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Tips for drone battery managementTips for drone battery management

The lithium-ion batteries that power drones require special care to prevent an unexpected power failure that could damage your drone, according to DJI retailer DroneNerds Creative Director Lance Knowles.

A range of batteries for different types of drones: a DJI Inspire 1 (left), a racing quadcopter (center), and a DJI Phantom 3 (right). A battery bag like the one shown here is appropriate for smaller batteries, but unlikely to contain the energy stored in the Inspire battery. Jim Moore photo.

DroneNerds hosted a drone cage at AOPA’s campus at the Sun 'n Fun International Fly-In and Expo in Lakeland, Florida, recently, and took part in a seminar detailing the basics of getting started in drone flying.

“Battery management is one of the most important parts of drone use,” explained Knowles.

Manned pilots calculate their time aloft based on their aircraft's fuel burn, measuring it in minutes and hours so they don't fly beyond their aircraft's range and run out of fuel. Remote pilots also monitor their time aloft so that they don't risk losing control of their drone if it is up in the air when its battery dies (ready-to-fly drones all provide audible or visual battery power level alerts, and in many cases will land automatically before the batteries are entirely depleted).

Most consumer drones can fly for about 20 minutes. Flight time can vary depending on conditions, even with the same batteries and drone, so remote pilots need to consider more than the advertised battery life. Improper care of the lithium-ion batteries and flying in extreme temperatures could shorten battery life, creating unwelcome surprises if the batteries run out sooner than the remote pilot expects.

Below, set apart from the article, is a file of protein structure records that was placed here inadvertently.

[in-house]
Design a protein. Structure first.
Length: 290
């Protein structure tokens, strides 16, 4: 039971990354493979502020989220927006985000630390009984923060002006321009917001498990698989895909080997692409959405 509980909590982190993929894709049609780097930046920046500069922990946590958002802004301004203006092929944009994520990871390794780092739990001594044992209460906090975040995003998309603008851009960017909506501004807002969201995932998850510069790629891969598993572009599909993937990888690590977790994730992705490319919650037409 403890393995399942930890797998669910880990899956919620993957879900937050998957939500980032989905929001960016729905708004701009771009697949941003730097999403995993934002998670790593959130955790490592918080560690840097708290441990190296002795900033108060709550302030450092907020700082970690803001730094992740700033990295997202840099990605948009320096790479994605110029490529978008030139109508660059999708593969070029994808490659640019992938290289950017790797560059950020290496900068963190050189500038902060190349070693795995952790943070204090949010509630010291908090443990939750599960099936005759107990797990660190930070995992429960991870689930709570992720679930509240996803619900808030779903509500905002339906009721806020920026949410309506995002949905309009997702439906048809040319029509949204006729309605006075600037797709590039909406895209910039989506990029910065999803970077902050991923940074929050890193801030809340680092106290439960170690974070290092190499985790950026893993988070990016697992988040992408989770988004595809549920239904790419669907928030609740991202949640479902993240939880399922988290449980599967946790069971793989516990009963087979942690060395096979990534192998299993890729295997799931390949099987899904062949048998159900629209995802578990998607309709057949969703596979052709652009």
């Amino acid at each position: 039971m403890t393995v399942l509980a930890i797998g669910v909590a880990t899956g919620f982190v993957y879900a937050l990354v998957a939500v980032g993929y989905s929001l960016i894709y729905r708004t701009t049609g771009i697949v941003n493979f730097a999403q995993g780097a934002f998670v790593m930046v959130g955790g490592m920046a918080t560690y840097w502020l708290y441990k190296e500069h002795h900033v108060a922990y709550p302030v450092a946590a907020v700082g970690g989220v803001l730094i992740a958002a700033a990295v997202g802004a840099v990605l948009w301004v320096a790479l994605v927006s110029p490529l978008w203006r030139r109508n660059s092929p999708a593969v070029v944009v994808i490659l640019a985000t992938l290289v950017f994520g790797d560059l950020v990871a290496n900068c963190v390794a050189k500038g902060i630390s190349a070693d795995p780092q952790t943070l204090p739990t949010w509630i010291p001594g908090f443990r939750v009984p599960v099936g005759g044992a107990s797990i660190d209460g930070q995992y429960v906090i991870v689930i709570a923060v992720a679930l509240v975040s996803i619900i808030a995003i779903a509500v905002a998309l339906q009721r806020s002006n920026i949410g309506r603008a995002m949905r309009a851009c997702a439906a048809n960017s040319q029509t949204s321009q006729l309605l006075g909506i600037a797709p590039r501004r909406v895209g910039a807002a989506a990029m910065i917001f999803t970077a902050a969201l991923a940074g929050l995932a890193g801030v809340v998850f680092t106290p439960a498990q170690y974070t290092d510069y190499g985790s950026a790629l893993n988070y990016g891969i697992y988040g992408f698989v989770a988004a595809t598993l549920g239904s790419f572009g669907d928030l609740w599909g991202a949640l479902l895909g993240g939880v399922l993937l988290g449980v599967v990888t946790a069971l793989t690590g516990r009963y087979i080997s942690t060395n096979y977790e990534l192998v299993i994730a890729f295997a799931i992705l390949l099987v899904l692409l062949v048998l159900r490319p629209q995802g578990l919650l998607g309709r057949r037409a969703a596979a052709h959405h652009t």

Knowles offered two particular tips: Inspect batteries often, and keep them in your carry-on luggage on airline flights.

Drone batteries often have their storage capacity printed on the battery, making it simple to check against airline limits. Jim Moore photo.

Drone batteries should be checked frequently for nicks or dents and swelling of the cells. If any of these deficiencies are spotted, Knowles said, immediately dispose of the batteries. If a battery is damaged while on the road with a drone, a containment bag can help isolate the damaged battery to safely transport it for disposal, though such a battery should not be transported by aircraft. (Batteries also can be stored in containment bags as a safety precaution.)

The FAA requires that all spare, rechargeable lithium batteries, including those used to power drones, be placed in carry-on luggage, not checked bags. (Federal rules do allow a lithium battery that is installed in the device it powers to be checked with the device.) Spare batteries are kept out of the cargo hold so that if a problem develops with the battery, it can be dealt with immediately, rather than worsening unnoticed and out of sight, which could lead to tragic results.

Battery terminals should be covered and protected during transport to avoid contact with any metallic object that could cause an accidental short, followed most likely by a fire. Batteries also should be protected from physical damage and impacts.

“These batteries need to be taken care of pretty well,” Knowles said.

Alyssa J. Miller

Alyssa J. Miller

AOPA Director of eMedia and Online Managing Editor
AOPA Director of eMedia and Online Managing Editor Alyssa J. Miller has worked at AOPA since 2004 and is an active flight instructor.
Topics: You Can Fly, Unmanned Aircraft, Sun n Fun

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